Stain Removal of Blue Jean Dye

Some pairs of dark wash blue jeans, no matter how many times you wash them, continue to bleed on other things. Unlike the typical fire engine red sock that spreads its dye only inside the wash cycle, denim stains occur simply when other things rub against them, even when they are completely dry.

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Stain Removal of Blue Jean Dye

Removing Denim Stains from Fabric

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One of the least labor intensive is to place the stained garment in the washer and instead of adding the usual detergent, add 1/4 cup borax and run the cycle.

Blue jeans dyes, even when they are transferred between two dry garments, need to be treated as dye stains. There are a few methods of removing dye stains. One of the least labor intensive is to place the stained garment in the washer and instead of adding the usual detergent, add 1/4 cup borax and run the cycle. After the garment comes out of the washer, if you still notice a discoloration, mix up a 1:1:1 solution of water, ammonia and liquid dish soap. Wet the stain with this solution and scrub. Wash the garment again. It is important to check the garment after it comes out of the washer, before you put it into the dryer. Otherwise, you could set the stain.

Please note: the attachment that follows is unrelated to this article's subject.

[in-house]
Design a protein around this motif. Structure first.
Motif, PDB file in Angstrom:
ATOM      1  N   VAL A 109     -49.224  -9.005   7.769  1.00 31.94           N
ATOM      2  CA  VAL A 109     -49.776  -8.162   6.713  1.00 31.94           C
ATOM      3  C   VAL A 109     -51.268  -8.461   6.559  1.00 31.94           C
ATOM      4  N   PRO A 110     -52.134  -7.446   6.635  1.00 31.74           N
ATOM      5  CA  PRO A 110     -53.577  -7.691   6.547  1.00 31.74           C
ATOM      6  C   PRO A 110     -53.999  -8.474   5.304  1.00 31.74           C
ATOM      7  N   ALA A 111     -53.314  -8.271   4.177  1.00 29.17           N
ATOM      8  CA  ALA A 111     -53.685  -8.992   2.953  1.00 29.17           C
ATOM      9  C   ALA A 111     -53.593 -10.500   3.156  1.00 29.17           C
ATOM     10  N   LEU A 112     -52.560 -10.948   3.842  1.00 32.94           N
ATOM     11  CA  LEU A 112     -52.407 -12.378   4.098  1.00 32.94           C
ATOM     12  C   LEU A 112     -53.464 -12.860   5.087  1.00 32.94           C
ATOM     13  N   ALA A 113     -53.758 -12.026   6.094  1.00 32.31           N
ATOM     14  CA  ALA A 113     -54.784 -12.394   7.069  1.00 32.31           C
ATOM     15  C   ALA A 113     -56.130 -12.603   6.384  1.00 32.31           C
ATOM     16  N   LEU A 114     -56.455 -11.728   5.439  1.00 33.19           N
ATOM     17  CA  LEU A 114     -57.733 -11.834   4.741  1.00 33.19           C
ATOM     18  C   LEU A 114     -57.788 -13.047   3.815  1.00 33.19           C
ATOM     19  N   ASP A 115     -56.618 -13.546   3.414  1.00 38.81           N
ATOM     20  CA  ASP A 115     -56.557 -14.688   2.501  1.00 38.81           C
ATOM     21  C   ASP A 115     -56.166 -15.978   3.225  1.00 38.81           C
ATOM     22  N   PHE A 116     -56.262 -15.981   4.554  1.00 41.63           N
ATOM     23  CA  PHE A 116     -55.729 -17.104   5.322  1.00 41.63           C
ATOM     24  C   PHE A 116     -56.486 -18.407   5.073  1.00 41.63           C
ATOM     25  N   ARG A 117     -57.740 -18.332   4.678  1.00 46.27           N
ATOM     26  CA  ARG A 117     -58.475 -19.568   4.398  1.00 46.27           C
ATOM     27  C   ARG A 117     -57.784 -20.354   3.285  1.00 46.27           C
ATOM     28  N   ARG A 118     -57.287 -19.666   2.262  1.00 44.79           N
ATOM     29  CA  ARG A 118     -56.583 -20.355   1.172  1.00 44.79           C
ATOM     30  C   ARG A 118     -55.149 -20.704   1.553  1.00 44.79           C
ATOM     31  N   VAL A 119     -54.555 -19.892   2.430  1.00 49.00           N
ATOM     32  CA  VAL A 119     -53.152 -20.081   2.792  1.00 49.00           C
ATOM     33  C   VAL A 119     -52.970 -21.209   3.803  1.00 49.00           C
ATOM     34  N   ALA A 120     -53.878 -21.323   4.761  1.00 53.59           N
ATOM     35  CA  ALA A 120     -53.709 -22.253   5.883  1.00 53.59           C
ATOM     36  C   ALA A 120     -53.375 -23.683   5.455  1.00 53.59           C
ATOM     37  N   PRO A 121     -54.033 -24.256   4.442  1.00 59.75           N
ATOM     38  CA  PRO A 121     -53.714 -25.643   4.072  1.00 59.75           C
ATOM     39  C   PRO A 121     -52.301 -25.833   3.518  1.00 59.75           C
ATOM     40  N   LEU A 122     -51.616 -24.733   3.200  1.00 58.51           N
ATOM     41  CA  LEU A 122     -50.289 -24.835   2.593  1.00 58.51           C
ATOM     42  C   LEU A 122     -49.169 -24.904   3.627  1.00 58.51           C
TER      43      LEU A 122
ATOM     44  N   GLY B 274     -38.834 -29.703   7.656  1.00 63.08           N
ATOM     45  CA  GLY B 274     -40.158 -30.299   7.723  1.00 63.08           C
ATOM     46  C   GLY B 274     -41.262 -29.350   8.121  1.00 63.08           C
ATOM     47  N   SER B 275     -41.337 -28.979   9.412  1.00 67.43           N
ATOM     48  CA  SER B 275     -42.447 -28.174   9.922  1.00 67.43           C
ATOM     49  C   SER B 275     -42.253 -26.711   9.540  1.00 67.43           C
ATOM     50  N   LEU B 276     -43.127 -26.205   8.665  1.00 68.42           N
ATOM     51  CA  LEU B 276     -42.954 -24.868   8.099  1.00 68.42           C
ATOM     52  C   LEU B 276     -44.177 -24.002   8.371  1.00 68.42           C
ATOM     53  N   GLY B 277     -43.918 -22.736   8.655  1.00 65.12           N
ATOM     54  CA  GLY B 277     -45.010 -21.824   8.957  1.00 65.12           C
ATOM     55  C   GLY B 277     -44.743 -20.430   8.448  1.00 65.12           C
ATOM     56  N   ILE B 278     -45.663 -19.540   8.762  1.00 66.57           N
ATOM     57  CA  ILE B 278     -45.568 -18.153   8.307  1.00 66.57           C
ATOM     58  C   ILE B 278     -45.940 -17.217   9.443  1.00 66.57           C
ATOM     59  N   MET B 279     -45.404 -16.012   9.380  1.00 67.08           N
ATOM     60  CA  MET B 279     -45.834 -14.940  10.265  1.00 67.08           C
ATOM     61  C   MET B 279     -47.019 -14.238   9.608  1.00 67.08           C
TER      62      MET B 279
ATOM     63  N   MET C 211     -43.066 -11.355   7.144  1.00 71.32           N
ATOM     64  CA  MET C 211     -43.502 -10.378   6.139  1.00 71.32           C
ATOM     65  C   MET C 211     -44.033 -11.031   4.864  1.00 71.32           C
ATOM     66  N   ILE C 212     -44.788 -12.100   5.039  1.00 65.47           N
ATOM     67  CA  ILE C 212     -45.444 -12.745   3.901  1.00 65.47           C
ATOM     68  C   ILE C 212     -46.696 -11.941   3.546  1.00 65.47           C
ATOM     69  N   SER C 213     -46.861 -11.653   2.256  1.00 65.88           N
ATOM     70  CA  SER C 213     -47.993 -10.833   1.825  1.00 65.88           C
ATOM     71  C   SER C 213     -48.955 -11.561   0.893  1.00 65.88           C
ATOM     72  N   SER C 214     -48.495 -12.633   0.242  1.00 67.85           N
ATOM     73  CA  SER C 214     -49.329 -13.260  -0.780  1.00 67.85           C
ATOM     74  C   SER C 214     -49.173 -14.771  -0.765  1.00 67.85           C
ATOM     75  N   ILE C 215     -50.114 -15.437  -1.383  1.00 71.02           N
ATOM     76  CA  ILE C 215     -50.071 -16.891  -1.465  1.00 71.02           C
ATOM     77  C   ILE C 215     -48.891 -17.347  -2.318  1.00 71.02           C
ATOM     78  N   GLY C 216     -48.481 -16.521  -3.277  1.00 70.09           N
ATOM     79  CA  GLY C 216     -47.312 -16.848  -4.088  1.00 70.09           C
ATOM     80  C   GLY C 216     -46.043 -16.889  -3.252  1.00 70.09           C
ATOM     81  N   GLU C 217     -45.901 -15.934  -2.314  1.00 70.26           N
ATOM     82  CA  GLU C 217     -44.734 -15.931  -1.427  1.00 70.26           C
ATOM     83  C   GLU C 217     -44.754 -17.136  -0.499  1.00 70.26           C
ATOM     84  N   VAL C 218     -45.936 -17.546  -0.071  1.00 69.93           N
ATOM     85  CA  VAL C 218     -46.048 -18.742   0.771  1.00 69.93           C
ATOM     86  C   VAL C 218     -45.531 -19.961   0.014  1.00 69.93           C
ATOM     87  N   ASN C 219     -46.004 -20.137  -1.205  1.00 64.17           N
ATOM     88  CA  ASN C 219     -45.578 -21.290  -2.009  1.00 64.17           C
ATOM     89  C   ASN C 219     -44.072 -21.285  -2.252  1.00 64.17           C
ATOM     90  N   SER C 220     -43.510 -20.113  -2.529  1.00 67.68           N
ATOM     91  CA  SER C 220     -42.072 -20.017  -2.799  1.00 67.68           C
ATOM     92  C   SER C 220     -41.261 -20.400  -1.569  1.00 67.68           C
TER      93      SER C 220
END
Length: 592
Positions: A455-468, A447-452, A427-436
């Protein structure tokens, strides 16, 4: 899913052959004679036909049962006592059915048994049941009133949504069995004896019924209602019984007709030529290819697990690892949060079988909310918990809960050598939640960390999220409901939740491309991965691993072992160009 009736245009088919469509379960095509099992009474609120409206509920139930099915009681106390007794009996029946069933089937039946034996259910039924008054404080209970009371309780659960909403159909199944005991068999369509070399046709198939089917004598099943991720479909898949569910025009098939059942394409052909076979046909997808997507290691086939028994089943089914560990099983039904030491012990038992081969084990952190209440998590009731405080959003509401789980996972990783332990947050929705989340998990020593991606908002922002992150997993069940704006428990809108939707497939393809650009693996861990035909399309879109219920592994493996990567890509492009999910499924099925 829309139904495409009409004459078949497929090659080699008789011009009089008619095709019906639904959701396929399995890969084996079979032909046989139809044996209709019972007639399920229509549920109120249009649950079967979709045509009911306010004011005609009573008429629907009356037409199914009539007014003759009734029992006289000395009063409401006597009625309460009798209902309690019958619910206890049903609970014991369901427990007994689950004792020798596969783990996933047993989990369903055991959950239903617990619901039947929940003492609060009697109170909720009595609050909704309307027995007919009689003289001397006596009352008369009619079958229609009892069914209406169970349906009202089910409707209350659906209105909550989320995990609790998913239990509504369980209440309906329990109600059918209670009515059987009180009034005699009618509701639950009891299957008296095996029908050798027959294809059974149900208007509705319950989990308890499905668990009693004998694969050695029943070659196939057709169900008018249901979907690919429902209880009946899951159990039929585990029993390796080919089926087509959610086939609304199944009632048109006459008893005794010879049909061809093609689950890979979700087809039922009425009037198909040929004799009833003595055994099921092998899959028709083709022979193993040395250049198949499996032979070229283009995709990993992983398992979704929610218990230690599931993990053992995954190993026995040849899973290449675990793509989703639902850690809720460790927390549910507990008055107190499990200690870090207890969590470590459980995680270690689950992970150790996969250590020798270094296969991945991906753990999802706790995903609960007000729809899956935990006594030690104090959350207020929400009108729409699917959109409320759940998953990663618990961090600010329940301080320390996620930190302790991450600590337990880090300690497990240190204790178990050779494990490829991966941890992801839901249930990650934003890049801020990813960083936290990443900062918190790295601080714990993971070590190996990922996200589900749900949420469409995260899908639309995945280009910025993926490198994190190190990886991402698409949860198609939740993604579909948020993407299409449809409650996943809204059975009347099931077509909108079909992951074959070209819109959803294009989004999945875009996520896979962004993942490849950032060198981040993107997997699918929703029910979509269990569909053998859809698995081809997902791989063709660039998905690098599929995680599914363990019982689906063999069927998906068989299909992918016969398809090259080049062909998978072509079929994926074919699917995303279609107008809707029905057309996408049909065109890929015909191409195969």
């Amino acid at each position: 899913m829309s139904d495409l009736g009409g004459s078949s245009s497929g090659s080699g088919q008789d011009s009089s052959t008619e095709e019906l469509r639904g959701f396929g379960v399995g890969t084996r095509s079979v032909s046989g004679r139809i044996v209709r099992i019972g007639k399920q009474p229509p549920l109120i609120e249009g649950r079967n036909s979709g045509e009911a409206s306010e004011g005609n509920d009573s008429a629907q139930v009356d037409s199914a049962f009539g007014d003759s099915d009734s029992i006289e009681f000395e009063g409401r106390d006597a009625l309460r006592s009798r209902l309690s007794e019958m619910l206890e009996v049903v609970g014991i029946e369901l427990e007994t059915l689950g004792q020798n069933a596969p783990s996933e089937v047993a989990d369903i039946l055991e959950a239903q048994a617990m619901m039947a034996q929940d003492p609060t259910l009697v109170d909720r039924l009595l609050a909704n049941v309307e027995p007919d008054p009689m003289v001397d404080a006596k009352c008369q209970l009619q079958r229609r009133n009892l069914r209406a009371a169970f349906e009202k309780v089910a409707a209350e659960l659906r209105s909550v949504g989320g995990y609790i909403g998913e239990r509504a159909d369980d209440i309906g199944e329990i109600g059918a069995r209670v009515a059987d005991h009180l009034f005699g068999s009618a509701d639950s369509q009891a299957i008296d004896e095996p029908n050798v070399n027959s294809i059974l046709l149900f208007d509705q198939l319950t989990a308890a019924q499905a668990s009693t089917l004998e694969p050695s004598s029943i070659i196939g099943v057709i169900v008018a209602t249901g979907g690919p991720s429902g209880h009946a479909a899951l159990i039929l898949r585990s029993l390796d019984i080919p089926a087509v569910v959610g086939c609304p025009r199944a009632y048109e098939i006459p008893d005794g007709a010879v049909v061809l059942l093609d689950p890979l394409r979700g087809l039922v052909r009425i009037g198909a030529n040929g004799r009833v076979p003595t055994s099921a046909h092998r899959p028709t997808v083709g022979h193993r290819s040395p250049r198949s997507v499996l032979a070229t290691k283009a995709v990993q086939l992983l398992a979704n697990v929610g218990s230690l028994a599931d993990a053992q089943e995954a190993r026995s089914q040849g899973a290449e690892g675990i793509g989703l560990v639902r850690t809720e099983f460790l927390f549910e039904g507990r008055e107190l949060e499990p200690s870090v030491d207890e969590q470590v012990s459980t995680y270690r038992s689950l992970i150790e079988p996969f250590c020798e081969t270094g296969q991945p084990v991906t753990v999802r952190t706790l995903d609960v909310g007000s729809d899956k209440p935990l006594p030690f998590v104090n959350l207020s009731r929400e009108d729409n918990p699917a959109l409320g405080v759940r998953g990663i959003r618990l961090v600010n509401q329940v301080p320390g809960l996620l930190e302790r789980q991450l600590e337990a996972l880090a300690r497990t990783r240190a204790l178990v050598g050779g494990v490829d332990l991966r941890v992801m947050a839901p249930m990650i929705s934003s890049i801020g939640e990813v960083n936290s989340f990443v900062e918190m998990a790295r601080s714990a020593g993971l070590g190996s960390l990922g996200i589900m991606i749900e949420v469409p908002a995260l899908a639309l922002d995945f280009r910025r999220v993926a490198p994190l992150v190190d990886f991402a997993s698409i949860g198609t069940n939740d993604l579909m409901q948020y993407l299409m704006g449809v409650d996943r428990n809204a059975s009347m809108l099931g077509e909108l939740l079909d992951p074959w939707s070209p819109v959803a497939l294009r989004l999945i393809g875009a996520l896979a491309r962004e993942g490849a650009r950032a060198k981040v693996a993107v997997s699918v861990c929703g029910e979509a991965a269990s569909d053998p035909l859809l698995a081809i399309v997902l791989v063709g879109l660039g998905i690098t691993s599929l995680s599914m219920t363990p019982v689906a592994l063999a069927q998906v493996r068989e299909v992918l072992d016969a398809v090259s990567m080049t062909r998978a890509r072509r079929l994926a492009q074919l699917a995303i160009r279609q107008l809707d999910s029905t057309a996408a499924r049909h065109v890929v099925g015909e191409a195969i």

Removing Denim Stains from Leather or Vinyl Items

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Mix soap and a clear liquid dish soap together, then dip a cloth into your solution.

Leather and vinyl can't just be thrown in the washer the same way that many cloth garments can be, so a different technique is necessary. Blue jeans stains in leather or vinyl should be thought of more as surface stains, like those you would find on your kitchen counters. Mix soap and a clear liquid dish soap together, then dip a cloth into your solution. Rub the dye stain until it is gone. Make sure to rinse the cloth every so often as dye transfers to it.